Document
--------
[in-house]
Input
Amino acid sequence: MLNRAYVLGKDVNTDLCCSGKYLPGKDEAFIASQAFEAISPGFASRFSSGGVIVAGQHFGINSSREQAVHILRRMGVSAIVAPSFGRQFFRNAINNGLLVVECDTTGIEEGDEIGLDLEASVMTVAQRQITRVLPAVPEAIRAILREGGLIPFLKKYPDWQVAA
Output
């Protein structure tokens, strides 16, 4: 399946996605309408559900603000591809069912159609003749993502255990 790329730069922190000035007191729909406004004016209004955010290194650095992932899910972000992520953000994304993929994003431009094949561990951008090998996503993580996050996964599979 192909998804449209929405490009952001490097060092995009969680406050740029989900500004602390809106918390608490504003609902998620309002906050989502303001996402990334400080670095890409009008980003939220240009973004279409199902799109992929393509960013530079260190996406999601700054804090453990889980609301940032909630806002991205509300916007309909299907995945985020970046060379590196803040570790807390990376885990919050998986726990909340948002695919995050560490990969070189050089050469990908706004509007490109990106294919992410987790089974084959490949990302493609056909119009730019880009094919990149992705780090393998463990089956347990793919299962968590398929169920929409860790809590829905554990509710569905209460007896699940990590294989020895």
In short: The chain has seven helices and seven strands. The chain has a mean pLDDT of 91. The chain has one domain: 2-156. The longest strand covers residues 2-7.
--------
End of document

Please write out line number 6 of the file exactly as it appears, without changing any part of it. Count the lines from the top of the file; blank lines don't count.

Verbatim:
In short: The chain has seven helices and seven strands. The chain has a mean pLDDT of 91. The chain has one domain: 2-156. The longest strand covers residues 2-7.